In 1968, David Rockefeller was part of an unusual syndicate formed by a small band of deep-pocketed collectors with close connections to the Museum of Modern Art that engineered a $6.8 million all-in arrangement with the heirs of Gertrude Stein to buy a group of artworks she had owned.
The banker, philanthropist, and statesman was the perfect candidate for the syndicate, especially since his mother, Abby Aldrich Rockefeller, was one of the founders of the museum. In addition to David, his brother Nelson R. Rockefeller was also in the elite group, along with CBS head William S. Paley, publisher John Hay Whitney, and Andre Meyer. David picked up a second chit since William A. Burden, one of the original syndicate members, dropped out.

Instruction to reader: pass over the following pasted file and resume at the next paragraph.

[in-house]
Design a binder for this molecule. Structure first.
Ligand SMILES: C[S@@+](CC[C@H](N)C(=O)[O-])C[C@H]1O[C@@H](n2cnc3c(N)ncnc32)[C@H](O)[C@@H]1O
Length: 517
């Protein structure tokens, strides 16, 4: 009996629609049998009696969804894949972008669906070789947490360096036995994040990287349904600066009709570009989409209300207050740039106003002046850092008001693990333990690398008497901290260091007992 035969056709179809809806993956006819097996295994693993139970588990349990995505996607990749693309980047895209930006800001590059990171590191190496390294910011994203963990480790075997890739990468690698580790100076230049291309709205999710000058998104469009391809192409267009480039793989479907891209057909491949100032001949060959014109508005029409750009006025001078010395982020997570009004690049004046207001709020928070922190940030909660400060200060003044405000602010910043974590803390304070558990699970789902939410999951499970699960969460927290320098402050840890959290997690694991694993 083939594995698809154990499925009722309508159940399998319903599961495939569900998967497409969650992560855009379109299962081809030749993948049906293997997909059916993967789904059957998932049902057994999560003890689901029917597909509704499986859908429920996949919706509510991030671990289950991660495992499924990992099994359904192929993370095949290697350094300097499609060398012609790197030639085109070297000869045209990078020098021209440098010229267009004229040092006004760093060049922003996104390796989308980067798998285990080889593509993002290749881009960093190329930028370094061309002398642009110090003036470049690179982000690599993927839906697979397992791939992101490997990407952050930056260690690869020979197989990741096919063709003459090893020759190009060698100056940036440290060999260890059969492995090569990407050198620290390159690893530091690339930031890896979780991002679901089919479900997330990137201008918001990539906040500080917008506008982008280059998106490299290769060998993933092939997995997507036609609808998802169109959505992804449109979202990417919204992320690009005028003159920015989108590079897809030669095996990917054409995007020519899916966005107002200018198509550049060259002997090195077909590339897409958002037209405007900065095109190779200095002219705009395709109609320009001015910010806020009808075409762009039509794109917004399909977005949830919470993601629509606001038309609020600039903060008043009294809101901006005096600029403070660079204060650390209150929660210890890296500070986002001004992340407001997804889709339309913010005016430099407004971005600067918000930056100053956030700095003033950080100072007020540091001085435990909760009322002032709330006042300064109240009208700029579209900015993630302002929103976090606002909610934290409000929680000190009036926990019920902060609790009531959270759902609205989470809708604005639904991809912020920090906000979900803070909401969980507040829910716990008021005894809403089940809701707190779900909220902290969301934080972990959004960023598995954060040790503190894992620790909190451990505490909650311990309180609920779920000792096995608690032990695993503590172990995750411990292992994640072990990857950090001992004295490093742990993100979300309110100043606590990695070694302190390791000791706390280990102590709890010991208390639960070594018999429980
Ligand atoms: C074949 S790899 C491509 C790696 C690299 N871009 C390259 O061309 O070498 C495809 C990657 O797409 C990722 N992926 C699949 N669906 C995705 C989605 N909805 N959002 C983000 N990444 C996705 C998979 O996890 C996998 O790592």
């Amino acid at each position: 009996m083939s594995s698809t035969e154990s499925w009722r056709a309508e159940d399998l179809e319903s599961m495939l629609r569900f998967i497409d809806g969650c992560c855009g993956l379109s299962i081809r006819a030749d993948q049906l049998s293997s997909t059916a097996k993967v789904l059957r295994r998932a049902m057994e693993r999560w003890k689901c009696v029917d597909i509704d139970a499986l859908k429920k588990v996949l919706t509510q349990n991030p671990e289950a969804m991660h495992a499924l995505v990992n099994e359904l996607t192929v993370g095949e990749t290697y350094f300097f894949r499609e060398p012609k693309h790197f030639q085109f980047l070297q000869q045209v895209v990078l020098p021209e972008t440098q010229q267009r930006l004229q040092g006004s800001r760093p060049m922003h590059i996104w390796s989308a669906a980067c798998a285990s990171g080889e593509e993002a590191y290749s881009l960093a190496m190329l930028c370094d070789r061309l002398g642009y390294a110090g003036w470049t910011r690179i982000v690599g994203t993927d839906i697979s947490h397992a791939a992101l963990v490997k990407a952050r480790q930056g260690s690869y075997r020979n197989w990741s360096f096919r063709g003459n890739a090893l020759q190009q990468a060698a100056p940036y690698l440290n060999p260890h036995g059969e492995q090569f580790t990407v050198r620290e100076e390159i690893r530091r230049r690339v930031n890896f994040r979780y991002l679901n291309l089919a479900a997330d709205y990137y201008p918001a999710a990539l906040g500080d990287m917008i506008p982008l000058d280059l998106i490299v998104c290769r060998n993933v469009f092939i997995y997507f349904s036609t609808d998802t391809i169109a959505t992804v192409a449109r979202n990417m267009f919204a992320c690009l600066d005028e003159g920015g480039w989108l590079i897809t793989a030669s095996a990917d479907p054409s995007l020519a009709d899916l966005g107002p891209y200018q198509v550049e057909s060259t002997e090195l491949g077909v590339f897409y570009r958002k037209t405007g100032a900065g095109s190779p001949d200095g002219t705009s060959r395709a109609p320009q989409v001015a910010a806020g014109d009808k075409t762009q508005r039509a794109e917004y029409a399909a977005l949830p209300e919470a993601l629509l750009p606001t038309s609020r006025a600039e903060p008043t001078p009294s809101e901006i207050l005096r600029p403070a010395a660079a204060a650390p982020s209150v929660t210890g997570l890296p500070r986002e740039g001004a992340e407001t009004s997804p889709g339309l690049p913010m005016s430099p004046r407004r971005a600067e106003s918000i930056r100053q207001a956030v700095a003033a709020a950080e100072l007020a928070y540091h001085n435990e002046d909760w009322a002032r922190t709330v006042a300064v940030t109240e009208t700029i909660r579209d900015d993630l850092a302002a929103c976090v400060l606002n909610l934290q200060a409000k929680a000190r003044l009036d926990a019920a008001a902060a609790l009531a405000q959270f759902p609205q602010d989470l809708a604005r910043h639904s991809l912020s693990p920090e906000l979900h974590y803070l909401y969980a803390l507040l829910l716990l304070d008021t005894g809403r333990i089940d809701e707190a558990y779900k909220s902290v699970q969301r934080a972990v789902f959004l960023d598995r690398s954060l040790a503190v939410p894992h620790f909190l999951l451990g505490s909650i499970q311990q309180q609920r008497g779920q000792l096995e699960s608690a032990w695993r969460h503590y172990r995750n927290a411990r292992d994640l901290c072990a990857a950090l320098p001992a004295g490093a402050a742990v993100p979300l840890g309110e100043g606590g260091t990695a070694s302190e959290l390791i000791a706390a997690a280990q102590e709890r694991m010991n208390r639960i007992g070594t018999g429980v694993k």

The members met on a Sunday in December 1968 in an old Whitney wing of the museum and drew straws from a crumpled felt hat for their choices, according to a published account by David Rockefeller. David was lucky, drawing the longest straw, and chose Picasso’s stunning Rose Period flower seller from 1905 for what was then something less than 1 million dollars.
Click here to continue reading article.